Q. Is it true that beef is now considered heart-healthy?
A. Most research shows that frequently eating red meat, which includes beef, lamb and pork, is linked to increased risk of heart disease. This is especially true for processed red meat, such as hot dogs and sausage.
You may have heard that beef can be heart healthy from recent news stories. One study of 36 adults with elevated cholesterol for example, compared a diet high in beef and low in fiber to a diet low in beef and filled with high-fiber vegetables and fruits. Both diets reduced LDL ("bad") cholesterol equally well whether high or low in beef.
The low-beef diet in this study provided lean beef in amounts equivalent to about two decks of cards (about 6 ounces) per week. The higher beef diet provided lean beef equal to about one to one-and-a-half decks of cards (about 4 ounces) daily. The study was five weeks and funded by the beef industry; it is not enough to support a change in diet recommendations. And although the drops in lipids like LDL were similar, that may not be the whole answer for heart health, as factors like inflammation play an important role.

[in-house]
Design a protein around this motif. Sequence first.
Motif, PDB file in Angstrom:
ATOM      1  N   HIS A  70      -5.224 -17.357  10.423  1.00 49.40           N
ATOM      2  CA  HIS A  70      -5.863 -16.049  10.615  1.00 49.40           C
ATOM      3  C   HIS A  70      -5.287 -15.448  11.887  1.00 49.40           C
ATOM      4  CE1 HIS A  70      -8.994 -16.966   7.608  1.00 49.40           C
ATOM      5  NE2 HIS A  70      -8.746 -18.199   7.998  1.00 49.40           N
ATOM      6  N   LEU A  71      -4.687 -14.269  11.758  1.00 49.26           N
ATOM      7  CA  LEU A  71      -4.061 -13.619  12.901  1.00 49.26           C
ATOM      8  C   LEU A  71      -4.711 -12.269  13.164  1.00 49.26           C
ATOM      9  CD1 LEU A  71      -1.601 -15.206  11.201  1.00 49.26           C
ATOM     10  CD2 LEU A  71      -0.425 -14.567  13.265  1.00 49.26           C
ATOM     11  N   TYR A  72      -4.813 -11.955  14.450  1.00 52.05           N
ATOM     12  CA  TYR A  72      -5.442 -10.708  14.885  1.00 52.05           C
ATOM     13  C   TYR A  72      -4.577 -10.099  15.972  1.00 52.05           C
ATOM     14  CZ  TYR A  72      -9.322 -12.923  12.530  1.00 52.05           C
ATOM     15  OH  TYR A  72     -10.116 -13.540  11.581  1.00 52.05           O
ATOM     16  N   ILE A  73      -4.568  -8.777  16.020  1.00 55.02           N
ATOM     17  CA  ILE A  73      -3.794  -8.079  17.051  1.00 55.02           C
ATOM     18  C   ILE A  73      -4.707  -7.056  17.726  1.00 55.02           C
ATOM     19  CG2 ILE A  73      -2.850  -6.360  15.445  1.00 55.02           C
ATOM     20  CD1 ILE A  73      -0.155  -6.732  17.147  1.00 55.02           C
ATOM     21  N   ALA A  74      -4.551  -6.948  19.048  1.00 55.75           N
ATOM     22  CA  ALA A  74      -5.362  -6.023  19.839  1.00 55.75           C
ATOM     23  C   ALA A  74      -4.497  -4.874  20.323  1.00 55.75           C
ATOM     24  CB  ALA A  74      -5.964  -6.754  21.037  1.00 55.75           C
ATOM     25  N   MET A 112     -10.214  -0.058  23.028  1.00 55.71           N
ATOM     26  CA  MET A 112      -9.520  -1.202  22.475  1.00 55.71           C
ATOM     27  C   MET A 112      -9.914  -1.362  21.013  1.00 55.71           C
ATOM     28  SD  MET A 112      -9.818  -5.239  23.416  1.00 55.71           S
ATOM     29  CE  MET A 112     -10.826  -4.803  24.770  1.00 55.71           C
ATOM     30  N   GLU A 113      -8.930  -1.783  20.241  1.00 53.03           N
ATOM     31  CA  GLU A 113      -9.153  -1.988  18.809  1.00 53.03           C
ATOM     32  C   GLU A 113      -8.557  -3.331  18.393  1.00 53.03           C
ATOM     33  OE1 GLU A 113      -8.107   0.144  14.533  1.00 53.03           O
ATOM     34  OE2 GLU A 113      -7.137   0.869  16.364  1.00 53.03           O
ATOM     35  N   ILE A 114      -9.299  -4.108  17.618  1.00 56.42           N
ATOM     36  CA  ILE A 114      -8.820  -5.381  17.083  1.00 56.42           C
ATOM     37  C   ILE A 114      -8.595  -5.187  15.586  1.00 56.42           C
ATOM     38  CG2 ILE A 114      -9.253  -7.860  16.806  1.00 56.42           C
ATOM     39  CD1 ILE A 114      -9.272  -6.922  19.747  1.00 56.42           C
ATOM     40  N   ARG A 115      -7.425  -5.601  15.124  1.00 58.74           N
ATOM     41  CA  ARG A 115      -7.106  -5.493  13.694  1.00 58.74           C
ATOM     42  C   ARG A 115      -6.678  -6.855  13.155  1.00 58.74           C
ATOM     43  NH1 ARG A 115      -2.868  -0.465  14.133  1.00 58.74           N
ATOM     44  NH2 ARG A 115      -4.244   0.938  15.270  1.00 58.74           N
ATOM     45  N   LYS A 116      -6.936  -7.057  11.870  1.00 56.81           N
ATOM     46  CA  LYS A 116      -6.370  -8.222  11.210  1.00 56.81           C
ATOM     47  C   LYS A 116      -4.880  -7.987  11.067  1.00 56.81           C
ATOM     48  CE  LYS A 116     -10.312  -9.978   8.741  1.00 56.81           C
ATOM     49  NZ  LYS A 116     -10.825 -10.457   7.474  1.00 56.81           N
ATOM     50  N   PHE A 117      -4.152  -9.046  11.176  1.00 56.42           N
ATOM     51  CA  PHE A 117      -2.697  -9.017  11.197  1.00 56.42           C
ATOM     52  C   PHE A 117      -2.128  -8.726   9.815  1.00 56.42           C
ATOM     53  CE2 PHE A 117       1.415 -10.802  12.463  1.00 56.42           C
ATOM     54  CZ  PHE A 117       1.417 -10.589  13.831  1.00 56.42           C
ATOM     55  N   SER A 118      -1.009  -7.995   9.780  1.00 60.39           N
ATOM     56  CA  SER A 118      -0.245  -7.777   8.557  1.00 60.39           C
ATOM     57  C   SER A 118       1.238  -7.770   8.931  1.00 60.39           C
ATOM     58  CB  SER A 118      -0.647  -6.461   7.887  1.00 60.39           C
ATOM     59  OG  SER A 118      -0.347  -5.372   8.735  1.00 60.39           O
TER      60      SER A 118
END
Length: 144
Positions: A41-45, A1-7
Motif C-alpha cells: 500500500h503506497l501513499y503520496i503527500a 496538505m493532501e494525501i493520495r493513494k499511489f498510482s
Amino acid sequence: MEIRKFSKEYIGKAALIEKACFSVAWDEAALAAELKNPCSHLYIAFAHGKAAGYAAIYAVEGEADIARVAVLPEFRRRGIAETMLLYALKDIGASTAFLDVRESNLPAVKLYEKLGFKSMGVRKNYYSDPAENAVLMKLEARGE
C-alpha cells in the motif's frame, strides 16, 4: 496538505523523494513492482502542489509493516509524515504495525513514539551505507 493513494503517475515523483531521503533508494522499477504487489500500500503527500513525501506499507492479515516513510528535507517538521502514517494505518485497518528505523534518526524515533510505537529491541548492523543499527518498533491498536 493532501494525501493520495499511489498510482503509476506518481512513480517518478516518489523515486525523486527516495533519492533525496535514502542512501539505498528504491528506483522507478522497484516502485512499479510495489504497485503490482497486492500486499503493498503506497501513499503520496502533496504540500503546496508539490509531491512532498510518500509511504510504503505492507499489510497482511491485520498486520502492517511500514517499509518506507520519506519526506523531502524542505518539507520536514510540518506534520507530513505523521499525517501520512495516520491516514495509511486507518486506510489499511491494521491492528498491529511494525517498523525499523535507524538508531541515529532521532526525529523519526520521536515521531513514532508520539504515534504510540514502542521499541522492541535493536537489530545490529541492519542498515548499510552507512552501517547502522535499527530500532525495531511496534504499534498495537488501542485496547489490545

Beef is high in a form of iron called heme iron. One large population study recently linked higher consumption of heme iron from red meat with a 65 percent increase in heart disease. Higher heme iron content is thought to be one of the reasons that high red meat (over 18 ounces per week) consumption is linked to increased risk of colon cancer.
For now, the best move for most of us for heart and overall health, if you want to include beef, is to choose lean cuts of fresh meat and to limit amounts to no more than 18 ounces per week.
• Provided by the American Institute for Cancer Research.